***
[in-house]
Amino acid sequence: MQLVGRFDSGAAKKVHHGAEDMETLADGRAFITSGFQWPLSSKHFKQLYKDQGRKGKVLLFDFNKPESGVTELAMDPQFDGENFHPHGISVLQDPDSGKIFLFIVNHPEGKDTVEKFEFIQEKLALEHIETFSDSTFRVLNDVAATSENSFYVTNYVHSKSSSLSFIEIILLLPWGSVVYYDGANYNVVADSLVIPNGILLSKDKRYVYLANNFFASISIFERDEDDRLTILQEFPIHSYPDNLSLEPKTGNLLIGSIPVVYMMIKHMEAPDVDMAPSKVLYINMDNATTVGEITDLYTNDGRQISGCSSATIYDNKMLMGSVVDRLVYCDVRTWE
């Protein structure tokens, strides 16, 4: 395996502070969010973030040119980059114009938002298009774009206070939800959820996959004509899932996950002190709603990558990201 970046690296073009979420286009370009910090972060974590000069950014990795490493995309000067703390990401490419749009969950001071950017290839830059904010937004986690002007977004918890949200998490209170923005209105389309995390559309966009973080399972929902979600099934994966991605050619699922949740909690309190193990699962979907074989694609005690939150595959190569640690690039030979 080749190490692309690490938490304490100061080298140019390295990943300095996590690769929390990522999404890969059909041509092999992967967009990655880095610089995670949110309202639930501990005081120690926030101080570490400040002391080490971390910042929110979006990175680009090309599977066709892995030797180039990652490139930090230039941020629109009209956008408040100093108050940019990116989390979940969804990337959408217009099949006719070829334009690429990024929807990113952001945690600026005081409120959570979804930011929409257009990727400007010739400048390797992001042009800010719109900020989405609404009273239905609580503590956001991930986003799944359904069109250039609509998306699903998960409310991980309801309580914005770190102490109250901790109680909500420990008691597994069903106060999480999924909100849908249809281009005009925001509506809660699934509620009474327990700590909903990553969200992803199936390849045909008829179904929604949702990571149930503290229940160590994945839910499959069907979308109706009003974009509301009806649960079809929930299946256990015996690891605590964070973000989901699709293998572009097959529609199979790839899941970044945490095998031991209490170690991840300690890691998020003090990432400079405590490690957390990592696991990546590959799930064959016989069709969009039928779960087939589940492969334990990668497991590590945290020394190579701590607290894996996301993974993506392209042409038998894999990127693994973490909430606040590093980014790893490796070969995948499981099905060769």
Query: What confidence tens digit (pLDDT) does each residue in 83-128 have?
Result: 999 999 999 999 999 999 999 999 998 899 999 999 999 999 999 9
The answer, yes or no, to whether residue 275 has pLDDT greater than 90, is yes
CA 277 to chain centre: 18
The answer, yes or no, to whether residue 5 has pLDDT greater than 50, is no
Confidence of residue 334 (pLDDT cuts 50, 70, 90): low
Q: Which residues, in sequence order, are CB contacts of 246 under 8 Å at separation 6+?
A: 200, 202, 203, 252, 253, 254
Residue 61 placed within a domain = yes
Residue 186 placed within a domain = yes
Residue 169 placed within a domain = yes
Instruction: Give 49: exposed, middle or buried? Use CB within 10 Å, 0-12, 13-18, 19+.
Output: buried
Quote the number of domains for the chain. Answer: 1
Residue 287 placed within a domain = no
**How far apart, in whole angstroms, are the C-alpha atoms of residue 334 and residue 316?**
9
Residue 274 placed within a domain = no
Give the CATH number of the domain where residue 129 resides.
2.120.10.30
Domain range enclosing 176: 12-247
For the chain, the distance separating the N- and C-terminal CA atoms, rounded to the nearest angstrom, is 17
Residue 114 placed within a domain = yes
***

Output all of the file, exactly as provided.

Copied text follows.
[in-house]
Amino acid sequence: MQLVGRFDSGAAKKVHHGAEDMETLADGRAFITSGFQWPLSSKHFKQLYKDQGRKGKVLLFDFNKPESGVTELAMDPQFDGENFHPHGISVLQDPDSGKIFLFIVNHPEGKDTVEKFEFIQEKLALEHIETFSDSTFRVLNDVAATSENSFYVTNYVHSKSSSLSFIEIILLLPWGSVVYYDGANYNVVADSLVIPNGILLSKDKRYVYLANNFFASISIFERDEDDRLTILQEFPIHSYPDNLSLEPKTGNLLIGSIPVVYMMIKHMEAPDVDMAPSKVLYINMDNATTVGEITDLYTNDGRQISGCSSATIYDNKMLMGSVVDRLVYCDVRTWE
């Protein structure tokens, strides 16, 4: 395996502070969010973030040119980059114009938002298009774009206070939800959820996959004509899932996950002190709603990558990201 970046690296073009979420286009370009910090972060974590000069950014990795490493995309000067703390990401490419749009969950001071950017290839830059904010937004986690002007977004918890949200998490209170923005209105389309995390559309966009973080399972929902979600099934994966991605050619699922949740909690309190193990699962979907074989694609005690939150595959190569640690690039030979 080749190490692309690490938490304490100061080298140019390295990943300095996590690769929390990522999404890969059909041509092999992967967009990655880095610089995670949110309202639930501990005081120690926030101080570490400040002391080490971390910042929110979006990175680009090309599977066709892995030797180039990652490139930090230039941020629109009209956008408040100093108050940019990116989390979940969804990337959408217009099949006719070829334009690429990024929807990113952001945690600026005081409120959570979804930011929409257009990727400007010739400048390797992001042009800010719109900020989405609404009273239905609580503590956001991930986003799944359904069109250039609509998306699903998960409310991980309801309580914005770190102490109250901790109680909500420990008691597994069903106060999480999924909100849908249809281009005009925001509506809660699934509620009474327990700590909903990553969200992803199936390849045909008829179904929604949702990571149930503290229940160590994945839910499959069907979308109706009003974009509301009806649960079809929930299946256990015996690891605590964070973000989901699709293998572009097959529609199979790839899941970044945490095998031991209490170690991840300690890691998020003090990432400079405590490690957390990592696991990546590959799930064959016989069709969009039928779960087939589940492969334990990668497991590590945290020394190579701590607290894996996301993974993506392209042409038998894999990127693994973490909430606040590093980014790893490796070969995948499981099905060769």
Query: What confidence tens digit (pLDDT) does each residue in 83-128 have?
Result: 999 999 999 999 999 999 999 999 998 899 999 999 999 999 999 9
The answer, yes or no, to whether residue 275 has pLDDT greater than 90, is yes
CA 277 to chain centre: 18
The answer, yes or no, to whether residue 5 has pLDDT greater than 50, is no
Confidence of residue 334 (pLDDT cuts 50, 70, 90): low
Q: Which residues, in sequence order, are CB contacts of 246 under 8 Å at separation 6+?
A: 200, 202, 203, 252, 253, 254
Residue 61 placed within a domain = yes
Residue 186 placed within a domain = yes
Residue 169 placed within a domain = yes
Instruction: Give 49: exposed, middle or buried? Use CB within 10 Å, 0-12, 13-18, 19+.
Output: buried
Quote the number of domains for the chain. Answer: 1
Residue 287 placed within a domain = no
**How far apart, in whole angstroms, are the C-alpha atoms of residue 334 and residue 316?**
9
Residue 274 placed within a domain = no
Give the CATH number of the domain where residue 129 resides.
2.120.10.30
Domain range enclosing 176: 12-247
For the chain, the distance separating the N- and C-terminal CA atoms, rounded to the nearest angstrom, is 17
Residue 114 placed within a domain = yes